Category Archives: 2004

Cold Mountain

Cold-MountainCold Mountain (2003) – Originally written January 2004

*** This review may contain spoilers ***

It’s hard to know where to start with “Cold Mountain”. It’s basically excellent.

In this film your faced with the ever popular story of the young in love couple, who yearn for each other across distances and change as people before meeting once more. Add to this mix an array of different characters with stories of their own and you basically have an Oscar’s favourite.

The thing with “Cold Mountain” is that I do find it very hard to judge, and I’m not surprised by it’s mixed reviews. This film for me is a display of how to do something technically very well. The acting is superb, the soundtrack excellent, and the general feel of the film stunning. The problem is that whilst some reviewers will use these qualities, some will look more to if it actually makes the mark with it’s plot. Truthfully, I find myself flipping either way between whether it does or not. The problem with the plot of “Cold Mountain” is that I can’t help but feel that it’s a bit too long. For all the random people in it, some of them do provide alternative viewpoints which are necessary, but some of them feel slightly too drawn out.

If I had to choose four things about this movie, which really make it stand out as a film to watch, I’d choose Jude Law, Nicole Kidman, the occasional beautiful landscape, and Cillian Murphy. To those who are unaware of who he is, your most likely to recognise the actor as Jim in “28 Days Later”, however he is also in another of this years big films as Pieter in “Girl With A Pearl Earring”. Murphy in “Cold Mountain” plays a Yankie fighter who finds himself at the home of Natalie Portman and who is starving. As his two friends forsake their morals for food and for sexual gratification, Murphy shows a sign that for all the fighting in the war, people on both sides have moral problems with events and find themselves unable to act upon others misdemenors.

Ultimately, I’d recommend to everyone that you go watch this film. For the romantics there is a beautiful love story, for the violence enthusiasts out there, there is a lot of fake blood and violence, and for those who want to know how to create a successful, technically superb movie, there is “Cold Mountain”.

The Last Samurai

The-Last-SamuraiThe Last Samurai (2003) – Originally written January 2004

*** This review may contain spoilers ***

From the moment I first heard of this film, I disliked it. I felt the idea of a film like this was hideous, and I felt for it to be staring Tom Cruise, well it was blatantly going to be just a vehicle for his self esteem. Cruise, to put it bluntly, is awful. There are two over rated actors out there who appear in films and have the exact same facial expressions throughout. These actors are Tom Cruise and Keanu Reeves, and I think they ruin a lot of good films.

So, with my dislike for Tom Cruise and my dislike for the idea of this film, I travelled to the cinema to watch this movie, took my seat, and for not the first time, was forced to eat my own words. Truthfully, I think this film is brilliant.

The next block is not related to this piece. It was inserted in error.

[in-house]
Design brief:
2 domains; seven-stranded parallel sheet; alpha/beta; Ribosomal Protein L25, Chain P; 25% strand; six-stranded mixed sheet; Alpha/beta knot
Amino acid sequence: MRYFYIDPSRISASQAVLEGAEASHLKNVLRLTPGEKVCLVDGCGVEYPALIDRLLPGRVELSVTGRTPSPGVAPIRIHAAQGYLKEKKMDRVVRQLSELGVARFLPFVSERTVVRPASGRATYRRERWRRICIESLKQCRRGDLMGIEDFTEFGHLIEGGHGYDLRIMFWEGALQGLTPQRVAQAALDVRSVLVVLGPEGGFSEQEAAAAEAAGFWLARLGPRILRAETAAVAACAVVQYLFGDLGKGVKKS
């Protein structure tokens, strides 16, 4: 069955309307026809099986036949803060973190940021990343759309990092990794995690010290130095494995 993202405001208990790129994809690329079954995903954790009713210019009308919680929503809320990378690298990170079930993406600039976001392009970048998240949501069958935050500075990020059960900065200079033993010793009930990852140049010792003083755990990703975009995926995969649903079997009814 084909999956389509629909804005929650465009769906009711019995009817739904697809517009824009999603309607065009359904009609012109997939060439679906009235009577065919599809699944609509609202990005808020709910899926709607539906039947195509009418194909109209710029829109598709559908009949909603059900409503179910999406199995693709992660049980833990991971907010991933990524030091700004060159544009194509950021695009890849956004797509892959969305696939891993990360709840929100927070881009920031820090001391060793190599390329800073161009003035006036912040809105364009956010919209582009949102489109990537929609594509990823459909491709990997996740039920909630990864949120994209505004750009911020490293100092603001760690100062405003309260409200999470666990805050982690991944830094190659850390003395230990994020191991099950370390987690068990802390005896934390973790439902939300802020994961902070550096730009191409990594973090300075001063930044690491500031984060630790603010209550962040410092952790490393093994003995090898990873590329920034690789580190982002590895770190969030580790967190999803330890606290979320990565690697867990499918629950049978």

In “The Last Samurai”, Cruise plays Captain Nathan Algren of the United States Army. Hired to teach the Japanese how to use modern warfare technology, Algren, a man with many painful memories, is placed in a battle against the revolutionary Samurai of Japan. Eventually captured, Algren is introduced to Master Katsumoto, played wonderfully by Ken Watanabe, and is slowly shown the way of the Samurai.

Ok, why is it that I enjoyed this film? Looking at the main star, looking at the basic plot, looking at practically everything about it, I should have come out of the cinema in unsurprised disgust. The strange thing is though, that if you get all the bad parts which make up this film, and put them all together, it somehow works. It’s like trying to create Frankenstein’s monster out of a body which had been buried for two years. Ultimately all the parts are rotten, but yet still manage to function. Cruise, whilst I do hate him, performs acceptably with his three facial expressions of smile, tear in eye and grit faced determination. The plot, despite being tacky and slightly over long has depth and quality. Even the blatant cheesyness of it all comes through with flying colours. This film is ultimately, good.

I suppose put under pressure, I could say there are one or two things which are wrong with this film. Billy Connolly’s voice in it is painful to hear and I’m grateful when he leaves the screen. The same is true for Timothy Spall at the beginning, but his voice seems to improve with time. The Emperor of Japan is awkward and infuriating, but I wonder if that’s not how he’s meant to be played. Other than these three characters, and the last ten minutes, though, I really can’t think of much bad to say about this film. So it’ll never win Oscars, watch me be proved wrong here again although I find this unlikely, and most of it is easy no brainer viewing, but for what it’s meant to be, I think it holds up quite well. Definately worth viewing.

Philadelphia

PhiladelphiaPhiladelphia (1993) – Originally written January 2004

*** This review may contain spoilers ***

It’s hard to say what I think of “Philadelphia”. I say to a lot of people that the better a film is, the less there is to say about it. The problem, as this film shows, is that simply that phrase doesn’t work. Whilst it’s true that for most films, having little to say shows that it’s been well made and there is nothing to complain about. With “Philadelphia”, it’s not accurate as all I want to do is sing the praises of Tom Hanks and Denzil Washington.